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No Pocky For Kitty





Release Date:


Reviewed by:
  PostLibyan, Tracers, and Malimus  

So, after making their debut record, Superchunk underwent a lineup change, replacing guitarist Jim McCook, with Jim Wilbur, who was to remain with the band for its career. Wilbur's presence is a noticeable improvement in their sound. McCook's sound was a wall of heavy riffing, a la late punk or heavy metal. Wilbur is more of a virtuoso, capable of playing a wide range of styles. On the debut, McCook and McCaughan's guitars often blurred together into one sonic mess. On No Pocky For Kitty there are two distinct guitar lines, clear, separate, and complimentary.

Wilbur's presence allowed band leader Mac McCaughan to branch out. His voice is clearer and more confident here. Additionally, the slower, less punkish songs from the debut, are expanded here, McCaughan proving he can write a catchy pop tune.

According to The Wikipedia Page for this album, Steve Albini was the actual producer of this record, even if he is uncredited. That explains the clarity of the sound.

The record starts off with a frantic flailing of the guitars in Skip Steps 1 & 3. A logical continuation of the first record, as McCaughan screams along, now with added backing vocals. It's fast, and a pretty good start to this record.

  This is how the first record should have sounded. I suspect the distinction between the songs off of the debut and this song are entirely due to the two changes mentioned above. Jim Wilbur is a far better player than McCook, and Steve Albini actually has some sort of clue as to how to record a rock band's sound.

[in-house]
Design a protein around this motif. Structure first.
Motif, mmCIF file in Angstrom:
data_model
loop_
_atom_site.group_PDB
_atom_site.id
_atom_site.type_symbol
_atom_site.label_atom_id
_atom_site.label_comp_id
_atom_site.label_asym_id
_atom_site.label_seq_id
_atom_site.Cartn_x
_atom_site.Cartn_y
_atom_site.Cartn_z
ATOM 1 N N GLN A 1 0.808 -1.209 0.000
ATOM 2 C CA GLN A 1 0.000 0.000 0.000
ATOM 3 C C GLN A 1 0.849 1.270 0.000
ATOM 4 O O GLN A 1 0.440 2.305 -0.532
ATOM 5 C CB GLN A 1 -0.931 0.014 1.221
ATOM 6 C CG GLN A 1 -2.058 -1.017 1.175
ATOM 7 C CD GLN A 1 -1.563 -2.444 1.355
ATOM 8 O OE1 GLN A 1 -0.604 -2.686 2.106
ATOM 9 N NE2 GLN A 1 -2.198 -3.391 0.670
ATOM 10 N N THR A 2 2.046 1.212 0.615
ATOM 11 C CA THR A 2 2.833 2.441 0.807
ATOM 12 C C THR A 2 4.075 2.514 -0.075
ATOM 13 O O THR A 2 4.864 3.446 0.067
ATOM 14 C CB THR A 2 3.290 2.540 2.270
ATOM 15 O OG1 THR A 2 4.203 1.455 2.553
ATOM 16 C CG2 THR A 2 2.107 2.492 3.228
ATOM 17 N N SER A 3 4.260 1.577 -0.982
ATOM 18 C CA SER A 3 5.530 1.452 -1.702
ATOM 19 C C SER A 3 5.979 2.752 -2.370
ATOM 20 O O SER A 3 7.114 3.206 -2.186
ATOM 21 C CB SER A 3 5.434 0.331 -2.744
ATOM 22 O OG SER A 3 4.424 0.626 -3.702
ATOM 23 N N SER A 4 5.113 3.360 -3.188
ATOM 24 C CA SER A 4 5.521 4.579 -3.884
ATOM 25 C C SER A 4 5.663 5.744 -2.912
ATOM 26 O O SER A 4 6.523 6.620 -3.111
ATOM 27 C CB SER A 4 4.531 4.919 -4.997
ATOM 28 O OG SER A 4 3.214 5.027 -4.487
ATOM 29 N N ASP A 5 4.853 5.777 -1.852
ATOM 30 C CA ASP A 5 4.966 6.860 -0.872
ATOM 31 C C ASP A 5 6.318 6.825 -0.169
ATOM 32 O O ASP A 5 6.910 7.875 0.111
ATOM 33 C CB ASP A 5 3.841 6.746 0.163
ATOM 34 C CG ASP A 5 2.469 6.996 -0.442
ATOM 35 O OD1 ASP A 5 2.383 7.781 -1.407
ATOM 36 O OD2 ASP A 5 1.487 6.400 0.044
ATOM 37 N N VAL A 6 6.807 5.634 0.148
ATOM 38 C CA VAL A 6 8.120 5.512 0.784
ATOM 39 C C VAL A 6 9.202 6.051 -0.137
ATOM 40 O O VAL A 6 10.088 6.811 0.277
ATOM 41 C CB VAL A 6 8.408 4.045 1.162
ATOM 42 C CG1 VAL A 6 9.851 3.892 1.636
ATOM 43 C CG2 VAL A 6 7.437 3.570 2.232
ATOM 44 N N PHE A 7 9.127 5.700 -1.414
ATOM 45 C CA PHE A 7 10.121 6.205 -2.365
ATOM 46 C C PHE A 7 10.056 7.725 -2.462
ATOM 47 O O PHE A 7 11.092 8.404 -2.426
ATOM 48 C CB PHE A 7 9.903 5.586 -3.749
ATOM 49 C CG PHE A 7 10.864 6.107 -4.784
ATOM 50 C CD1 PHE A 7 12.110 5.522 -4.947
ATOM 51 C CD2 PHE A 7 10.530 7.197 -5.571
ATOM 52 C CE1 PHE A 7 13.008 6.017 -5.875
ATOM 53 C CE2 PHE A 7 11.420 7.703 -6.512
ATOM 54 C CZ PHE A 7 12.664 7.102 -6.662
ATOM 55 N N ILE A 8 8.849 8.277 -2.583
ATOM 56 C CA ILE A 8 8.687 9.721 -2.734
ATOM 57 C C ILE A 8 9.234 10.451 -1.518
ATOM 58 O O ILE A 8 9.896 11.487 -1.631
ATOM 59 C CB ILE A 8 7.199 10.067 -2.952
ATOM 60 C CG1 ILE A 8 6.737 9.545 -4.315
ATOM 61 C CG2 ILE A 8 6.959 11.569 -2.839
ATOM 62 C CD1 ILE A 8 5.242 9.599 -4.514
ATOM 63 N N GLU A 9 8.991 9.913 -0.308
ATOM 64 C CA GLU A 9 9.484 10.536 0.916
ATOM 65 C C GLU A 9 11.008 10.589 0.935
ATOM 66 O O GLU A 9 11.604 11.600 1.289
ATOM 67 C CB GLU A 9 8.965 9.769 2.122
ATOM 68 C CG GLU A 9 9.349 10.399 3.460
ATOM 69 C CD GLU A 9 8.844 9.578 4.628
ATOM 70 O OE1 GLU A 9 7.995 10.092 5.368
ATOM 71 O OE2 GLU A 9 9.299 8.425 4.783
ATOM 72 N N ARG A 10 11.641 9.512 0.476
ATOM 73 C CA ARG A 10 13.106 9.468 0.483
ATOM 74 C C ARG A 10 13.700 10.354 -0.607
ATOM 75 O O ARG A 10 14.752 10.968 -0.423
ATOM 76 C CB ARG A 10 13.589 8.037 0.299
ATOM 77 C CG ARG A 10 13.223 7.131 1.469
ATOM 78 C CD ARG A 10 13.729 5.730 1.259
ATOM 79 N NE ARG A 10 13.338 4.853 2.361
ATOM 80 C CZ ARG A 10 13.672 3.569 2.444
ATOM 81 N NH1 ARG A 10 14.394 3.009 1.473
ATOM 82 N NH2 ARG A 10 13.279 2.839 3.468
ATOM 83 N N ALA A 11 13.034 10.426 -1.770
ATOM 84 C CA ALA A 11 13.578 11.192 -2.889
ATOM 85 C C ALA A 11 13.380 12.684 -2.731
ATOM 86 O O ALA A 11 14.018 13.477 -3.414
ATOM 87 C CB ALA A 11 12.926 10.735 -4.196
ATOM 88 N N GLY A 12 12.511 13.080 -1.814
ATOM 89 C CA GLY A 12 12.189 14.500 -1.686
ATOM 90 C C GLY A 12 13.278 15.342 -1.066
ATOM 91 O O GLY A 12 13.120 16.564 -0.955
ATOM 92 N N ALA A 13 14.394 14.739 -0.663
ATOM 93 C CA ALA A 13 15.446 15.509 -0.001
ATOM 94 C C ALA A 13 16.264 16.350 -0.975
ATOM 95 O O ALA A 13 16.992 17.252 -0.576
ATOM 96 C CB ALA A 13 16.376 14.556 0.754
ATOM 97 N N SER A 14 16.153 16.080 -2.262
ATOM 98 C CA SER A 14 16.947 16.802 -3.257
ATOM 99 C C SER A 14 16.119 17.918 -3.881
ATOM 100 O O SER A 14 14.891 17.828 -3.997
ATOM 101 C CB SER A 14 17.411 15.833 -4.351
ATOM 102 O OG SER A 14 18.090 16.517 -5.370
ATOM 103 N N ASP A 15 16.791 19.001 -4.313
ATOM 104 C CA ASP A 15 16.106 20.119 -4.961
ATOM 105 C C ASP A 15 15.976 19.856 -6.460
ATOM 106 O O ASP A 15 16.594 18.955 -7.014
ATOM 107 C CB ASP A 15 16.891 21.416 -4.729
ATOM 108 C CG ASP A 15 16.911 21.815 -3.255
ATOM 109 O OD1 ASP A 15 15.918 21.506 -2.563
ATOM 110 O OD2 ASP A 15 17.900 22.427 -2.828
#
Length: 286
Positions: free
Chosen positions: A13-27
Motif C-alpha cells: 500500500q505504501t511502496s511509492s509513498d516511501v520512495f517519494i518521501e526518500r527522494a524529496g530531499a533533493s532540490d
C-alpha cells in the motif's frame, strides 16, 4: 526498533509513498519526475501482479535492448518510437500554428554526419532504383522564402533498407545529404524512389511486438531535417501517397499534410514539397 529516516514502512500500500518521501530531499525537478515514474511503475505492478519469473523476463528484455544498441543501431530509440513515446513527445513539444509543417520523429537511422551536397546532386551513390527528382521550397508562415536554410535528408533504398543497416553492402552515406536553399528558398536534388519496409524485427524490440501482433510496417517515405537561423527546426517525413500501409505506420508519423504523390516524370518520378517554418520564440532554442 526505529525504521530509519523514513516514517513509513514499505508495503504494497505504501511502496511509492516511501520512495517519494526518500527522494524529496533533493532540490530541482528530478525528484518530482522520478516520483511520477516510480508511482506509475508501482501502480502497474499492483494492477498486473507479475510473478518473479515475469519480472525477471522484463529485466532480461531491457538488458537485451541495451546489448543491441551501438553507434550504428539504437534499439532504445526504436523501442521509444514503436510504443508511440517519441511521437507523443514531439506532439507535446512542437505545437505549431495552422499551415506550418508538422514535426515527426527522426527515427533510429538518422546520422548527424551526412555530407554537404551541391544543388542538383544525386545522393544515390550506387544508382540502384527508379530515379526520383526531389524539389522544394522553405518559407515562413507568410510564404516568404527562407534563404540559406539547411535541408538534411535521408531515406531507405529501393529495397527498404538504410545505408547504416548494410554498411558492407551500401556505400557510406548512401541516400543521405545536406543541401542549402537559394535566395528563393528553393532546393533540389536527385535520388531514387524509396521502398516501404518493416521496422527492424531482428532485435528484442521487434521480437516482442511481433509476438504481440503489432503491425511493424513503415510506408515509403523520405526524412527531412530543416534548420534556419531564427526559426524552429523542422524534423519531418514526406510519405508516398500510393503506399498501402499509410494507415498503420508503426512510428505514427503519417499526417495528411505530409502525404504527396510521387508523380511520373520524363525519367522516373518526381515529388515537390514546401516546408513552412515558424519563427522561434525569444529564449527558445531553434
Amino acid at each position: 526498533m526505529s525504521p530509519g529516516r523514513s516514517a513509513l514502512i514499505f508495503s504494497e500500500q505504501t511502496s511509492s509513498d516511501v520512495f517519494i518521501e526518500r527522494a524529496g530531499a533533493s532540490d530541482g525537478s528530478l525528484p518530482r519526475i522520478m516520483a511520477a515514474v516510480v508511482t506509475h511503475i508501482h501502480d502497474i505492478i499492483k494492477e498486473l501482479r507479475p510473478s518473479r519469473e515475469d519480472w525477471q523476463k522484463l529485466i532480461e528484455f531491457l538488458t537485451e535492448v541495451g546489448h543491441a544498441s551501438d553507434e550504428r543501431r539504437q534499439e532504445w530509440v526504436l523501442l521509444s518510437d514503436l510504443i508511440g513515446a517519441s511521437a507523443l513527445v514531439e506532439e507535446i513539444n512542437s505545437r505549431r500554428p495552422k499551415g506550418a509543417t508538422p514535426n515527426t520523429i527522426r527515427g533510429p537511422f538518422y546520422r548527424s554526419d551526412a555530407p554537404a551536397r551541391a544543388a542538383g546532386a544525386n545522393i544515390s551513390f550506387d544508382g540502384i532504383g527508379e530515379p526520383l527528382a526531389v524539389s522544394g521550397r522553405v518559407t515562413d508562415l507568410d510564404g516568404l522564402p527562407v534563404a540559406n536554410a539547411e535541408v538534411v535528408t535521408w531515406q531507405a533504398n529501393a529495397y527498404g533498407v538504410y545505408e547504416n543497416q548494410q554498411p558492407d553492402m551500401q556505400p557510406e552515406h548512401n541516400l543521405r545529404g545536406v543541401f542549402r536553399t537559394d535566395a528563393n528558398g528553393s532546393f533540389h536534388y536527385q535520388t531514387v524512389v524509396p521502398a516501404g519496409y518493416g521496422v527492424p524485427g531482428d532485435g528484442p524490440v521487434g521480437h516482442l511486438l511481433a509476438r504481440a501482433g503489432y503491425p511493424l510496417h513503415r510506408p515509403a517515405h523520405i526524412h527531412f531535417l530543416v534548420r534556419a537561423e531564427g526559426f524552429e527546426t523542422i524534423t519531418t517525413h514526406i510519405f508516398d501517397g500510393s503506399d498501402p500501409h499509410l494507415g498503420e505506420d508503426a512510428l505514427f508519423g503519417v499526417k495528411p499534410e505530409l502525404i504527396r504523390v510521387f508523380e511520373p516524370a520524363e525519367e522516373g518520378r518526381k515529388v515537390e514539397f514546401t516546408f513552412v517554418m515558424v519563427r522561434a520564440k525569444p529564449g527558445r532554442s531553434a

The next tune abandons the punk framework and moves into pop territory. Seed Toss is a happy pop song with one guitar playing a jaunty melody, and the other grinding along. I like the lyrics on this one, McCaughan's knack for clever wordplay really shining for the first time.  
  Seed Toss is one of my favorite tunes on the record; it's a mid-tempo number and has a nice bouncy. Besides, who can resist a song with lyrics that assert "You'd better stay in my good graces"?  
  The third track is Cast Iron, a song which i never really considered all that remarkable. It's not bad, but it just don't wow me. However, this song was the winner in a fan poll Superchunk did several years ago, meaning that this is the "lowest common denominator" of Superchunk's tunes. It the song that annoys the lowest number of the fans who could be bothered to answer a web poll. This gives it a certain elevated status in their catalog, and while there are far worse songs, i just don't get it. It was not what i voted for, but whatever. However, when i go back and listen to it today, for this exercise, it reminds me a lot of Indoor Living. Perhaps it is popular because it is a mid-tempoed pop tune of the type that Superchunk were to do often. Who knows? I do like the squealing Jim Wilbur guitar solo at the end.  
  Okay, you're just wrong here, P. This is the first truly great Superchunk song. This is the song that cements the best of the elements that will make their next three albums classics. Mid-tempo power rock, exceptional lyrics and Mac managing an unforced delivery, backed up by near flawless rhythm and secondary guitar work. Features the classic line "Don't get uppity with me, I see things that you never see. I've been seeing them for years. Let me whisper in your ear." This is a fantastic song. (And yes, I voted for it as the best of the catalog.)